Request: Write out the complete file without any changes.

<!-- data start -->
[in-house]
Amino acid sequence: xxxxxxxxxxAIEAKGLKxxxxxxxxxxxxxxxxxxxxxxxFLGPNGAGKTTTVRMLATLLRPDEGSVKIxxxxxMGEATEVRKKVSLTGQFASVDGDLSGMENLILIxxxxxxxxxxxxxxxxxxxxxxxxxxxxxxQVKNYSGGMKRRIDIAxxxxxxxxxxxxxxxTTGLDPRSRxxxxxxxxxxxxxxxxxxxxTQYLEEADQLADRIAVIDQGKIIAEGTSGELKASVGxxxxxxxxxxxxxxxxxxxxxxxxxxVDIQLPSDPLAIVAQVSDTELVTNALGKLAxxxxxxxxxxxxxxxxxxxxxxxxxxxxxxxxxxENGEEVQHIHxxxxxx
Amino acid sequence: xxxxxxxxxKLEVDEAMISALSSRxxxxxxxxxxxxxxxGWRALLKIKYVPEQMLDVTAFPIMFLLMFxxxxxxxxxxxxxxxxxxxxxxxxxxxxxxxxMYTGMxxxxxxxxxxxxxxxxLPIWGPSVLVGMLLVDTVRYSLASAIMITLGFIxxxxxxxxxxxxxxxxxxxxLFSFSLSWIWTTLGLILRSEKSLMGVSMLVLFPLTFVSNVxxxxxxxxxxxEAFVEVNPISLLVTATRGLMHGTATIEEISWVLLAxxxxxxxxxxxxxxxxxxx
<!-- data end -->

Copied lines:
[in-house]
Amino acid sequence: xxxxxxxxxxAIEAKGLKxxxxxxxxxxxxxxxxxxxxxxxFLGPNGAGKTTTVRMLATLLRPDEGSVKIxxxxxMGEATEVRKKVSLTGQFASVDGDLSGMENLILIxxxxxxxxxxxxxxxxxxxxxxxxxxxxxxQVKNYSGGMKRRIDIAxxxxxxxxxxxxxxxTTGLDPRSRxxxxxxxxxxxxxxxxxxxxTQYLEEADQLADRIAVIDQGKIIAEGTSGELKASVGxxxxxxxxxxxxxxxxxxxxxxxxxxVDIQLPSDPLAIVAQVSDTELVTNALGKLAxxxxxxxxxxxxxxxxxxxxxxxxxxxxxxxxxxENGEEVQHIHxxxxxx
Amino acid sequence: xxxxxxxxxKLEVDEAMISALSSRxxxxxxxxxxxxxxxGWRALLKIKYVPEQMLDVTAFPIMFLLMFxxxxxxxxxxxxxxxxxxxxxxxxxxxxxxxxMYTGMxxxxxxxxxxxxxxxxLPIWGPSVLVGMLLVDTVRYSLASAIMITLGFIxxxxxxxxxxxxxxxxxxxxLFSFSLSWIWTTLGLILRSEKSLMGVSMLVLFPLTFVSNVxxxxxxxxxxxEAFVEVNPISLLVTATRGLMHGTATIEEISWVLLAxxxxxxxxxxxxxxxxxxx